The same night, a guy called Ronnie, a blue belt, came up afterwards and congratulated me. He then told me that some of my teaching efforts at the school where I started Jiu Jitsu, Rick Spain's Kung Fu academy, were what inspired him to begin his own Jiu Jitsu journey.

Knowing that my enthusiasm for this art inspired him to tread a similar path is deeply satisfying. Other people have told me of my role in their conversion to the obsession that is Jiu Jitsu. That, more than anything else, is the best reward for chasing this dream.

Peace. Love. Jiu Jitsu.

Sunday, September 06, 2015

It's all about the sub

Yesterday, my Jiu Jitsu instructor, Anthony Lange, got five of us out in a type of shark tank drill.

  • Five guys are in, on the mat.
  • Everyone else forms a queue.
  • First five guys in the queue pick a guy on the mat and start grappling. Both are trying to get the tap.
  • When you tap someone, it is your choice whether you stay on the mat for another opponent, or you make the other guy stay in. 
  • If you are the one not staying in, you go to the back of the queue
  • When you reach the front of the queue, you take the place of the next person to leave the mat and grapple with their former partner, trying to get the tap.

Repeat until time runs out.

You could also leave the first five guys on the mat for the whole period so each of them wrestles multiple opponents for the entire period, no matter who taps who. This would be good competition training, especially for sub-only tournaments.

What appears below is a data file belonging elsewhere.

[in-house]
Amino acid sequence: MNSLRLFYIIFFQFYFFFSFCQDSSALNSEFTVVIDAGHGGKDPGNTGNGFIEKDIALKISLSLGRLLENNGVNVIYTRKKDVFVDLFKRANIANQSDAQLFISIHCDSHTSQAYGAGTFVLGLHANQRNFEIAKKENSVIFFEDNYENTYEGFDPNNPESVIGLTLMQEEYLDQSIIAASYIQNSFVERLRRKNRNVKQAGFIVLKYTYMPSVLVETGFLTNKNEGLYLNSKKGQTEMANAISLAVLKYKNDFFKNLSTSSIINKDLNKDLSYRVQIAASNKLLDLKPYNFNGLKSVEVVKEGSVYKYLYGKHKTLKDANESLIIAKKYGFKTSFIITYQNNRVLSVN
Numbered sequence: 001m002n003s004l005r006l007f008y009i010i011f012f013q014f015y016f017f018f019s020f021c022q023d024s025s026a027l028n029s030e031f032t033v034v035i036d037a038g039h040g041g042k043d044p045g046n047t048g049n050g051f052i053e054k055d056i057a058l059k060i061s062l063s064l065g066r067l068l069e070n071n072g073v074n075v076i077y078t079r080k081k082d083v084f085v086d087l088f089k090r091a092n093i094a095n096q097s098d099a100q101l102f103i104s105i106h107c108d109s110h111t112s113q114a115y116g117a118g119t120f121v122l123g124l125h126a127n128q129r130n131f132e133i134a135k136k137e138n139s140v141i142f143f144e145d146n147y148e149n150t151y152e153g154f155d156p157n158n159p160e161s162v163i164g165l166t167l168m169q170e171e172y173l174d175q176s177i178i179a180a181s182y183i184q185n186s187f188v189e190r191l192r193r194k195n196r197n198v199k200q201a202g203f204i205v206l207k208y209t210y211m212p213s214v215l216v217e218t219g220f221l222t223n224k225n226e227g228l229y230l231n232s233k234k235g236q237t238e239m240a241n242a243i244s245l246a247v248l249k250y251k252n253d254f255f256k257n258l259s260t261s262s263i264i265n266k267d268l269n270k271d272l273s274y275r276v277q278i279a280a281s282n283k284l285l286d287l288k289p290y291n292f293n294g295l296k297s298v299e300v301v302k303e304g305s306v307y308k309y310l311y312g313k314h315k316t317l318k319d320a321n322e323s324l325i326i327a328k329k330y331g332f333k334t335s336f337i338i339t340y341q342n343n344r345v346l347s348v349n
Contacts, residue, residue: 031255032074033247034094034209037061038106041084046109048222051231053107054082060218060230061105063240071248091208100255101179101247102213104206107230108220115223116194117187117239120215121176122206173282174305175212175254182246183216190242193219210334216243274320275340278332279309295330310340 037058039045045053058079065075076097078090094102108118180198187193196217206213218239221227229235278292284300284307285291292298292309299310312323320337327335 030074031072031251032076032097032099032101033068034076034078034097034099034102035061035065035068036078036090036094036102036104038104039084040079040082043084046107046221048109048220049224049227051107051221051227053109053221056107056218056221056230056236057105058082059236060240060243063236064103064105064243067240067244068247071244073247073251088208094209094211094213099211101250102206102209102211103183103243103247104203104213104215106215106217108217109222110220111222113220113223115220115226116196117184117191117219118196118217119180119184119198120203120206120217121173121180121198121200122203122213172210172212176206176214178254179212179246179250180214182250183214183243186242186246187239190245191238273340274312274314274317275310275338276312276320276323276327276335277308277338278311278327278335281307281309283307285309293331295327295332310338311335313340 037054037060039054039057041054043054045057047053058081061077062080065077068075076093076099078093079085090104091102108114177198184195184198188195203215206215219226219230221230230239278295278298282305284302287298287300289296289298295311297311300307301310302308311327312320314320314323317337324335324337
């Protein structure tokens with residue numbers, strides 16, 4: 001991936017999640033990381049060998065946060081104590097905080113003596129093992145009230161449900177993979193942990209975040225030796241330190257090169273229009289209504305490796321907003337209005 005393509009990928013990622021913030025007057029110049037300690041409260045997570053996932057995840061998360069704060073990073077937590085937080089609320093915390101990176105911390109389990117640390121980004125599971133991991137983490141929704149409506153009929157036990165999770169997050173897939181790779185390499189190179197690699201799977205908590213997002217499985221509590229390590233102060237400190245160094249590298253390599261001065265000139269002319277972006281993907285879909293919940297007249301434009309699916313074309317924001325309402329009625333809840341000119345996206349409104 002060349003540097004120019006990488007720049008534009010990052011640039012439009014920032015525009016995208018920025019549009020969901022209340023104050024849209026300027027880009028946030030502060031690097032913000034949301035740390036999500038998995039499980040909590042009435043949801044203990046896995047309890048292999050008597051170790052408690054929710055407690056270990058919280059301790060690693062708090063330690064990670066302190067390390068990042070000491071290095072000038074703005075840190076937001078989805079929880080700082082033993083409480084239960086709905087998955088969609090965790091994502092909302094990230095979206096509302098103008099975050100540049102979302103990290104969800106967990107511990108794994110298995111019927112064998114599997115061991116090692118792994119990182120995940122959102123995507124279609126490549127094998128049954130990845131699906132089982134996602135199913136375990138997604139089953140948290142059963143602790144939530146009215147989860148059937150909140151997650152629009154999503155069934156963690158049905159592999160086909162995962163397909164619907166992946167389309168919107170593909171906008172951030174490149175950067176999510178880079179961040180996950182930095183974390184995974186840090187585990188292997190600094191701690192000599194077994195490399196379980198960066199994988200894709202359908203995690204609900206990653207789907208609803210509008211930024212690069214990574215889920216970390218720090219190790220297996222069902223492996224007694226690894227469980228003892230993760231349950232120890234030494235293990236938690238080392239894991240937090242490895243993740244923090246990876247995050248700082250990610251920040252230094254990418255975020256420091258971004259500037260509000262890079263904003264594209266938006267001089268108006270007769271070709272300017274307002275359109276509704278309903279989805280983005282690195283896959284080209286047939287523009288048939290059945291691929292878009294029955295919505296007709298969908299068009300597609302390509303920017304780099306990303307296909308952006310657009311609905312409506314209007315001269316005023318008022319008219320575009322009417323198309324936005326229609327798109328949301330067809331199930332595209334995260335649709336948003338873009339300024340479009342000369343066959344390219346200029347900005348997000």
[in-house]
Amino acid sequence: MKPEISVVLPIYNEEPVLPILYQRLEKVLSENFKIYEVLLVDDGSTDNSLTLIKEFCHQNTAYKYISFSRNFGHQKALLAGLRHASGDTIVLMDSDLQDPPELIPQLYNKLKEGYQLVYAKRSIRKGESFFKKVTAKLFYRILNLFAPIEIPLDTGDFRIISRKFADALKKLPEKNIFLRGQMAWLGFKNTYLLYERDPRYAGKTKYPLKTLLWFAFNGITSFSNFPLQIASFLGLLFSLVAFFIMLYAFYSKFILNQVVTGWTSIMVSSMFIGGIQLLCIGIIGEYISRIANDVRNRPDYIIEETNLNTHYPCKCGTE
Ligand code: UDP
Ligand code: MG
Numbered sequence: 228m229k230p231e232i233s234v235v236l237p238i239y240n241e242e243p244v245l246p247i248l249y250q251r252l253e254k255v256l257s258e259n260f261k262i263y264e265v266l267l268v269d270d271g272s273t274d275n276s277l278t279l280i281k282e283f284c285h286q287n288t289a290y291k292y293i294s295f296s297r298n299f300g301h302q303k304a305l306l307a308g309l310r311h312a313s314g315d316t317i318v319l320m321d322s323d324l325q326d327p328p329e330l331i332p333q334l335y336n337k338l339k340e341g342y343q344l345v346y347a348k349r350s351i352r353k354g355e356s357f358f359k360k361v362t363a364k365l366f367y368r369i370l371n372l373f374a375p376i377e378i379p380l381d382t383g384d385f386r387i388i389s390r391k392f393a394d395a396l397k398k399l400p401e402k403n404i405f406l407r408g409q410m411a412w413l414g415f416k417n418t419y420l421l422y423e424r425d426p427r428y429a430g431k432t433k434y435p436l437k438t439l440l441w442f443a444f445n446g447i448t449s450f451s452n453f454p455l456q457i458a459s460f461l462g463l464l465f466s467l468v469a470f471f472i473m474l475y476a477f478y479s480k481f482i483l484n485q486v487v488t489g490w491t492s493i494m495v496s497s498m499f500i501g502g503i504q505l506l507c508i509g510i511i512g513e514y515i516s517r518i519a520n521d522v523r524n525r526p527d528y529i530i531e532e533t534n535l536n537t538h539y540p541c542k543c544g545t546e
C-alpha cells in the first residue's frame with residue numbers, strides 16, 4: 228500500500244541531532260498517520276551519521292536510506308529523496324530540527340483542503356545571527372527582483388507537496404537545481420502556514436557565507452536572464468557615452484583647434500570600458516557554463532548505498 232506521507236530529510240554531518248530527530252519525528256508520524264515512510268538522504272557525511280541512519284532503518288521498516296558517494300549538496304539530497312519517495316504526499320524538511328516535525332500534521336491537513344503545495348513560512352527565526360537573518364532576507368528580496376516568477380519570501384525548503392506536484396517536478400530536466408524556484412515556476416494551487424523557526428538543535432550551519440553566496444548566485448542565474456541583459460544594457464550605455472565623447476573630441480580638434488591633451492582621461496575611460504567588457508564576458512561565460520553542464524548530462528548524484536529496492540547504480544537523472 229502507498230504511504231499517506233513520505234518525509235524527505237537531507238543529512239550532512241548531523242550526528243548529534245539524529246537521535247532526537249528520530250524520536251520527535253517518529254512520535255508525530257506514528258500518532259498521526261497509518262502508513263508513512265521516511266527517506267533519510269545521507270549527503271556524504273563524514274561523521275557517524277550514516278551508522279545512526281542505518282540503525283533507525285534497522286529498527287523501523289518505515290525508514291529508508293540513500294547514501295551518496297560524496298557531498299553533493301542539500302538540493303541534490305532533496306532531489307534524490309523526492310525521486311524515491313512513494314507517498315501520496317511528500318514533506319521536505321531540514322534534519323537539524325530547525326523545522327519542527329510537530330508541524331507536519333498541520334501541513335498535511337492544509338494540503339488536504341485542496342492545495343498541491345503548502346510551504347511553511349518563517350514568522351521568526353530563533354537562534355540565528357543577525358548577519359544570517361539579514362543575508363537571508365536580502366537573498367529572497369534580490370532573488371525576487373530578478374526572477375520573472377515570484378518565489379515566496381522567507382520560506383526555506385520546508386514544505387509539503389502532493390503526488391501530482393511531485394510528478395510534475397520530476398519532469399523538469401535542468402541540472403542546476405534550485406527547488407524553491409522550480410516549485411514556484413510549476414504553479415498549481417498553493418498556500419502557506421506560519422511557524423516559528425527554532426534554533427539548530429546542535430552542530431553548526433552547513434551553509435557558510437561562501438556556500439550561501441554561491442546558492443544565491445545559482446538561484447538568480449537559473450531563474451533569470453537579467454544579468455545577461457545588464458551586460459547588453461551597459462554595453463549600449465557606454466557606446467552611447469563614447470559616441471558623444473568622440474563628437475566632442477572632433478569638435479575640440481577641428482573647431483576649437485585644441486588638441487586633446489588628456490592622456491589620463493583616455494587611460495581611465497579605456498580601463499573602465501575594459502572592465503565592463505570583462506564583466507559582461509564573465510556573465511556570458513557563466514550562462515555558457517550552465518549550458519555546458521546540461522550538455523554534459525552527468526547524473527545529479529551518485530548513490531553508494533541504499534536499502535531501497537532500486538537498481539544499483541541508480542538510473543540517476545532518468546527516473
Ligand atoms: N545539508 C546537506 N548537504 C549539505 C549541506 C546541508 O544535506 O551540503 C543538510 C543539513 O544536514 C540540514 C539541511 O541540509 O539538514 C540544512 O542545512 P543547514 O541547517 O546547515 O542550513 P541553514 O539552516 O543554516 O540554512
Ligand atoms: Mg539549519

This drill probably isn't that uncommon. But I hadn't done it for a long time. Most of my rolling has just been rounds of various lengths but usually five minutes, where a lot can happen but there isn't really any pressure to finish. I have been working fairly heavily on various open guards and linking them together, especially hooks, X guard and single leg X guard, and sweeping my partner from there. Either that or trying to pass to side control; especially with lower belts I have often been allowing them to work escapes so they get to have some fun and practice some techniques rather than just getting smashed.

The positional sparring drills we do are generally in a guard, one guy trying to pass, the other trying to sweep or submit. This can be done with other positions as well, escape or submit ... or retain the position.